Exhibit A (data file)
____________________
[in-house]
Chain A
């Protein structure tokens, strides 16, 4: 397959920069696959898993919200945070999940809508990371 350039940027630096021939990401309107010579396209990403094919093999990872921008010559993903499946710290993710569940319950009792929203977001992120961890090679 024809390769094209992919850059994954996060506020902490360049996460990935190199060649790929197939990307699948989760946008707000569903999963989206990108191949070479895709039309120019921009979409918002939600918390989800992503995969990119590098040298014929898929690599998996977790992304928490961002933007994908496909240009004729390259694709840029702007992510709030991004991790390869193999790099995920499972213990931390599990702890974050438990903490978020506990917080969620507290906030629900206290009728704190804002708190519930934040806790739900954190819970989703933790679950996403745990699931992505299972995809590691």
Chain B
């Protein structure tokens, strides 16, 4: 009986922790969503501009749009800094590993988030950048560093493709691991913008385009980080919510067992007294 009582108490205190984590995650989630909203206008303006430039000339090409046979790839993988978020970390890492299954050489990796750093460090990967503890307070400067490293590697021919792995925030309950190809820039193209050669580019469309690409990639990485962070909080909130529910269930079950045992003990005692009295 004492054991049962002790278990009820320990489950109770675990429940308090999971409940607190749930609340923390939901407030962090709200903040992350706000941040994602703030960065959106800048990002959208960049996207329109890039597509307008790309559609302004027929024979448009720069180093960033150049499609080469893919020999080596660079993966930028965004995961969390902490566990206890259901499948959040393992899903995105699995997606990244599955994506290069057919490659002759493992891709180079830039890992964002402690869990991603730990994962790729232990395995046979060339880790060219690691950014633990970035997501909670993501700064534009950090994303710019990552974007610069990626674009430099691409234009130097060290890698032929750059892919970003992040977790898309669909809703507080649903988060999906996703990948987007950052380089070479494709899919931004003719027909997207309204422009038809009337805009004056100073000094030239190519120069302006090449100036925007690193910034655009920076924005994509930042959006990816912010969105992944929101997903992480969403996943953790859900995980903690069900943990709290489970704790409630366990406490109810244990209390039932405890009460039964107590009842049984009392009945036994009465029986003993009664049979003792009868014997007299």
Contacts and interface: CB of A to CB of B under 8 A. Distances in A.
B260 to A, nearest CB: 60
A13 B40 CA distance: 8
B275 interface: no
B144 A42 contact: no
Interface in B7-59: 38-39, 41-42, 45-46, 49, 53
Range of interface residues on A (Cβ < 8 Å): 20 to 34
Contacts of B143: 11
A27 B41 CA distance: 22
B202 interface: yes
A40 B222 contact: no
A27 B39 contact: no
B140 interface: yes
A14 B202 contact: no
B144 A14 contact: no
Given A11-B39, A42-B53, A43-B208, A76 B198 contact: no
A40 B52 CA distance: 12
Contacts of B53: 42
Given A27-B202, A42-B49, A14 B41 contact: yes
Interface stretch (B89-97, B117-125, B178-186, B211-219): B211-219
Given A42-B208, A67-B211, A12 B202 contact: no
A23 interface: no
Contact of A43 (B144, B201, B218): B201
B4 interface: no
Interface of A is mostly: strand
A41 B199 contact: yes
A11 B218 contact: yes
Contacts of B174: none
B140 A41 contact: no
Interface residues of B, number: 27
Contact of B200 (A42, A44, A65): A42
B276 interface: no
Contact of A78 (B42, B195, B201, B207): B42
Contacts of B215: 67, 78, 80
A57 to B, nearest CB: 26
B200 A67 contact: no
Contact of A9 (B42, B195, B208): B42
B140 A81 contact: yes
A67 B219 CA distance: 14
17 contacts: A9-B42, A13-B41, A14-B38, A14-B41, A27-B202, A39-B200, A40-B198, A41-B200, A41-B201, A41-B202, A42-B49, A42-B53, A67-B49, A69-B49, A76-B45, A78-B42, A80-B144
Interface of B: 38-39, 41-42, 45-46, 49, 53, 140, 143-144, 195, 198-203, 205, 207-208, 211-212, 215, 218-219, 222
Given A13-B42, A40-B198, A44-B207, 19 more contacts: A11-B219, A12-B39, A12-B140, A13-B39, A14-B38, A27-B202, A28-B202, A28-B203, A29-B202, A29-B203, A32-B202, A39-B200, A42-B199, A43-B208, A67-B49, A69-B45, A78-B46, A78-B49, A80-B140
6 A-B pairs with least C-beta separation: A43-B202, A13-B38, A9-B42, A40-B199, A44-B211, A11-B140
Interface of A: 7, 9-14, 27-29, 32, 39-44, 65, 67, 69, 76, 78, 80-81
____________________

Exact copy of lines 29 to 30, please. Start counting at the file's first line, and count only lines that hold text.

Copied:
B4 interface: no
Interface of A is mostly: strand